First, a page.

Friday afternoon we attended the mandatory Technical Meeting, at which every detail was addressed; from what time breakfast would open and close to possible drug testing and processing in the event you were one of the top five finishers in Saturday’s races.
The most time was spent on reviewing the course. It would begin with a 2.2 mile loop going north amongst the tall buildings of downtown LA and then proceed with four six-mile loops which ran up and down Figuoria Street and through the USC campus and adjacent to the LA Coliseum. After the first smaller loop, there would be very little shade.
Saturday arrived and so did the sun. Unfortunately for us, Ricky’s leg injury had not healed enough to attempt to run. So it was just Mark and I as we walked from our hotel to the starting area about a mile away. We used the time to once again discuss race strategy. While we had believed he was ready to run between 2:16 and 2:20, we decided to be very conservative since the sun was already heating the sidewalks and roads. With reluctance, we decided to begin well off our former pacing plans.
As Laura walked with Dylan and Nicole, they discussed similar strategies. Since Laura had experienced multiple Olympic marathon trials her advice should have been golden. We were not allowed in the athletes’ warm-up area, but had our own coaches’ box next to that space. The crowds were large and noisy. We could not hear on our phones and were too busy to return many of the texts from friends and supporters. As one would expect in LA, the start was an exciting production. Almost every athlete was cheered as a celebrity, much like the musicians that would be in the same area for the Grammy’s on only two days later.
Following the excitement of the men’s start at 10:06 the women assembled in the holding area to await the men’s completion of the 2.2-mile loop. About 12 minutes later the men completed the loop and crossed the starting line for the second time. Mark had followed instructions and was fourth from last in the field of the country’s best distance runners.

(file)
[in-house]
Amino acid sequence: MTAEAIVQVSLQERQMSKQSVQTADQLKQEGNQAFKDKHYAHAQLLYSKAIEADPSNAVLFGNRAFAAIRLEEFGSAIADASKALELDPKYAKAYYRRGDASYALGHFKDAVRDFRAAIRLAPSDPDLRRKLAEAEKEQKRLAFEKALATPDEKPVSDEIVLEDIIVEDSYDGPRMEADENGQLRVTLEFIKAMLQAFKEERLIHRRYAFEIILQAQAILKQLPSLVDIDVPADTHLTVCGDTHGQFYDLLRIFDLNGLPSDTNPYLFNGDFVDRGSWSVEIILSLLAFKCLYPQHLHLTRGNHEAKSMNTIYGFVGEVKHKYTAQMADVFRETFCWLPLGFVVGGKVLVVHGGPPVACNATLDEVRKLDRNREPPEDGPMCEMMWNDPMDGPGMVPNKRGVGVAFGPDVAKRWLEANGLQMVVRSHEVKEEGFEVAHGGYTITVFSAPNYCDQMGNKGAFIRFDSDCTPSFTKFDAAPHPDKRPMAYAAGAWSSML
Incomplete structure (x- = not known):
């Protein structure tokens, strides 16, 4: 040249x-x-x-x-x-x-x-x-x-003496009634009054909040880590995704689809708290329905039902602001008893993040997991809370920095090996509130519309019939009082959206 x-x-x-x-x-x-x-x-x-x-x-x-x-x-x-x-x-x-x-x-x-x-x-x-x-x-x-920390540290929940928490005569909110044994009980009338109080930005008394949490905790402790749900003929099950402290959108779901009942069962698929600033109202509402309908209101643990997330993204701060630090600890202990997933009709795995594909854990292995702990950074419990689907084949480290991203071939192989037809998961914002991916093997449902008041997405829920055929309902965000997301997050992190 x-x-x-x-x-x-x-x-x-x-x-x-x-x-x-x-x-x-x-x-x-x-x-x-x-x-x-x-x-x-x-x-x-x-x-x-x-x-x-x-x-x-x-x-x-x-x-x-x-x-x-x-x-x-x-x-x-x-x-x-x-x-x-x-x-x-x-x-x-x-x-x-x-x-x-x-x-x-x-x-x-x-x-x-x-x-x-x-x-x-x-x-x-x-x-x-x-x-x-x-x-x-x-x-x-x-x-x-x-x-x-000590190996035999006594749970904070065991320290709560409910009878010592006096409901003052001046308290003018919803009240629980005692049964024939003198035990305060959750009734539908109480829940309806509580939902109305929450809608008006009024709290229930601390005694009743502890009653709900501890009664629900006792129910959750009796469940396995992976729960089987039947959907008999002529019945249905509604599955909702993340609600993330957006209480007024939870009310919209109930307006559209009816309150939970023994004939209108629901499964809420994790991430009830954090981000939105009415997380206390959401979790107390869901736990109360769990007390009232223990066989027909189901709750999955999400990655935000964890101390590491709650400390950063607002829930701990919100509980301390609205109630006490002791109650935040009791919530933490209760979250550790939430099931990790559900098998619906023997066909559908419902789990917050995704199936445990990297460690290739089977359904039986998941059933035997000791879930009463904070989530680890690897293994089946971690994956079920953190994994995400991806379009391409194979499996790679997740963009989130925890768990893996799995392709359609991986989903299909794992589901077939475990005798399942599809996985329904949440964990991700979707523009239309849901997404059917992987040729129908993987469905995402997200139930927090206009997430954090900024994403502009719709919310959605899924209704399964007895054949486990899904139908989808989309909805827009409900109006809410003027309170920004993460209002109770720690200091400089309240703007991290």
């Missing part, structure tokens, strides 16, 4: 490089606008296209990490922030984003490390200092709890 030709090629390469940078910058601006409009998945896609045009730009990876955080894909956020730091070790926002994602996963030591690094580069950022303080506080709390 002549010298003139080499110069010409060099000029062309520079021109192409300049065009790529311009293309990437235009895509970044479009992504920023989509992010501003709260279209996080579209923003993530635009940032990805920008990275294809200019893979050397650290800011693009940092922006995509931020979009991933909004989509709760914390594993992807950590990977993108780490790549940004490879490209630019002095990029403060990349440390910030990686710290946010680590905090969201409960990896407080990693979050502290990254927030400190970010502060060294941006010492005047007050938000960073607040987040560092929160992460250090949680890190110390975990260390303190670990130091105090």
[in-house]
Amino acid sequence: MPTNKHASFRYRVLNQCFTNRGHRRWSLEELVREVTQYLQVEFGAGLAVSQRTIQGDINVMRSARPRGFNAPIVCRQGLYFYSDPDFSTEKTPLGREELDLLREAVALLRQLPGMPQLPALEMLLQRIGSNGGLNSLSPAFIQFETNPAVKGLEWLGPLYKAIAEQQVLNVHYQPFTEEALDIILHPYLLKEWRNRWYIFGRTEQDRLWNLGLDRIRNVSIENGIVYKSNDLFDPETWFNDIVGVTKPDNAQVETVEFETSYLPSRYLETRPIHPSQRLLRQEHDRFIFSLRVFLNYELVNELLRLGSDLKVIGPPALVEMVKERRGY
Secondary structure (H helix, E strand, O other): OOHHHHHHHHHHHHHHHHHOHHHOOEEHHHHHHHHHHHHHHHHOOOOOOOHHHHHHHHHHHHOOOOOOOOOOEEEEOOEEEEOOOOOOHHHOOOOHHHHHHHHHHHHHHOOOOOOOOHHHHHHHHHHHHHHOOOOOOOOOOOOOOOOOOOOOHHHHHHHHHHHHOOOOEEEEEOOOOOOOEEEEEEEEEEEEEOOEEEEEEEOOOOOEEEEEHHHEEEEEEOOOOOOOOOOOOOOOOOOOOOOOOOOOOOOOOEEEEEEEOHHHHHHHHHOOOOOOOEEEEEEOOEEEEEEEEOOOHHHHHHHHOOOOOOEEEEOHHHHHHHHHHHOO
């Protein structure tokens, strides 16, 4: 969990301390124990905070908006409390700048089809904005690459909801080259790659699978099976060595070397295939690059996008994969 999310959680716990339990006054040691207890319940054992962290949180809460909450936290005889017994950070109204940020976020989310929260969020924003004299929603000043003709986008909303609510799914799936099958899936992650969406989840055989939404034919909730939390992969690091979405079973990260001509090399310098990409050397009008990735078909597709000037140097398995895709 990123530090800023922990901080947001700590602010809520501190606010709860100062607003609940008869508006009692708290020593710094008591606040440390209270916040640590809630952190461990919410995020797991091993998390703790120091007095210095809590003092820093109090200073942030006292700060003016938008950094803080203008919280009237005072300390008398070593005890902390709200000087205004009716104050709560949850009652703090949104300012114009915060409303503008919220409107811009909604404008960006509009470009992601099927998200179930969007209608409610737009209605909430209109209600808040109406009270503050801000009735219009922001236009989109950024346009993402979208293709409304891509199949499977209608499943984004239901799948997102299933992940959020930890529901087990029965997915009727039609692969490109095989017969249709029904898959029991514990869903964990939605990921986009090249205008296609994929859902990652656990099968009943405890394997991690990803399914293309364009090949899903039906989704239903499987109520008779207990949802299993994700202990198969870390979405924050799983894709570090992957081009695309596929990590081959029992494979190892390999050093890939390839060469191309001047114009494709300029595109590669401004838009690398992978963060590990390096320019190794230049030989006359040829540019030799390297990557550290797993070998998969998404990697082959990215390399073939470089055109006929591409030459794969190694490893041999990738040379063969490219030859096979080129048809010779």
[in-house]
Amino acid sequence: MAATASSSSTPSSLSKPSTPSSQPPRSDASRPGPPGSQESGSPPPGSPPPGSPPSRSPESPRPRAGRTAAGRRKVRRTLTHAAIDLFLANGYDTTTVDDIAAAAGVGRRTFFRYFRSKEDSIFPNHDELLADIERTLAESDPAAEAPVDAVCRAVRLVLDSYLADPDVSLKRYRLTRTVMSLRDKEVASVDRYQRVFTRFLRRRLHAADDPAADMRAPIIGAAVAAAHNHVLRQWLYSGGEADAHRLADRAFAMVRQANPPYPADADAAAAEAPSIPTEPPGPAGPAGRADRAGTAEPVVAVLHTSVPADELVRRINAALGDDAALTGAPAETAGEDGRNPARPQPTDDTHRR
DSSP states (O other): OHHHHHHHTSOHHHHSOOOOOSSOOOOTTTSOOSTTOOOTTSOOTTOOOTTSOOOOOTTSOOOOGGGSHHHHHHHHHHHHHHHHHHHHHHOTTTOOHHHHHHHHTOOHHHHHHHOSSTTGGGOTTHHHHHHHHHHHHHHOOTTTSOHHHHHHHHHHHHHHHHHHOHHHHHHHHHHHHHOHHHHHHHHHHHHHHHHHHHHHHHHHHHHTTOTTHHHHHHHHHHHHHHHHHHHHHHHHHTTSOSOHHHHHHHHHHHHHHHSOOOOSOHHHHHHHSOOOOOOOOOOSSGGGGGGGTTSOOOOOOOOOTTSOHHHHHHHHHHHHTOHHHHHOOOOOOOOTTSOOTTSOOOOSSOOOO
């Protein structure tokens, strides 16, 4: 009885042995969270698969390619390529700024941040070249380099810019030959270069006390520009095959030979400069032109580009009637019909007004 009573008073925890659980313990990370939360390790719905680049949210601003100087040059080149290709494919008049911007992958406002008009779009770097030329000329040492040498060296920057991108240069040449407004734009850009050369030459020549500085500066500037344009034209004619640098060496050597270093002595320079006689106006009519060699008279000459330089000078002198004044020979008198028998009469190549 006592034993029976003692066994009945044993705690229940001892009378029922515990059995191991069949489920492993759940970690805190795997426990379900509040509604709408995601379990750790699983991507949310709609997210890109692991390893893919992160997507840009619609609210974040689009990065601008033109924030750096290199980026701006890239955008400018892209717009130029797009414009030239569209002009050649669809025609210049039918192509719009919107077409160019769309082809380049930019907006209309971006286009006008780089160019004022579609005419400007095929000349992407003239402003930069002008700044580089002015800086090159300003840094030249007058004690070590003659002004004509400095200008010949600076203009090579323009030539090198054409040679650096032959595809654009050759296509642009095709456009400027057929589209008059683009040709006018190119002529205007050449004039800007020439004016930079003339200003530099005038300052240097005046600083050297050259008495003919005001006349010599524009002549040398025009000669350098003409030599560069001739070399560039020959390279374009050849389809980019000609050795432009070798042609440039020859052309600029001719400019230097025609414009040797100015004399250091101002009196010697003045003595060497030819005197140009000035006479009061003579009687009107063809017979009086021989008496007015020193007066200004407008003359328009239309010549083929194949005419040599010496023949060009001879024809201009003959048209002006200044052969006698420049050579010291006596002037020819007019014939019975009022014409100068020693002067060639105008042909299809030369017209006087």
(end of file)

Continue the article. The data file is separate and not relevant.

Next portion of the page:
At 10:22 the women began their quest to make the Olympic Team. Laura and I made our way, with some other coaching friends, to see our athletes along the long stretches of Figuoria. When Dylan and Nicole passed us they were not too far behind the lead pack, but running much faster than we had wanted them to do. In our training plan we had estimated that both could definitely run sub-2:40 and possibly a few minutes faster, even though it was their first attempt at the marathon. However, the recently predicted high temperatures had changed those plans. We wanted them to adjust to run 15-20 seconds slower per mile. But by five miles they were close to 6:00 pace, which fueled our fears.
The men’s race developed into a large front pack, which included ASICS Furman Elite’s Wilkerson Given, a 2013 Furman grad, who had also qualified via the half marathon and would be running his first full one. Wilkerson is known to run with the lead pack for as long as possible and that was very true again.
We also had some other interesting stories within the race. Nicole’s boyfriend, Tyler Pennel of Reebok/ZAP Elite, was a potential favorite. Tyler was definitely a contender and ran strong up at the front. As predicted, Meb was always there as was Galen Rupp.
However, behind the lead pack the runners had begun to string out. The blazing sun was already having an affect on a huge number of highly trained athletes. The 5:00-5:10 per mile pace that many of them had planned to run was just too much to sustain in such conditions.
The women’s pack was broken when Bowerman Track Club teammate Shalane Flanagan and Amy Cragg pushed the pace and opened an ever-widening gap as they completed the first two of the four six-mile loops. HOKA Northern Arizona Elite’s Kellyn Taylor looked solid in third. However, it is a marathon and it can be cruel.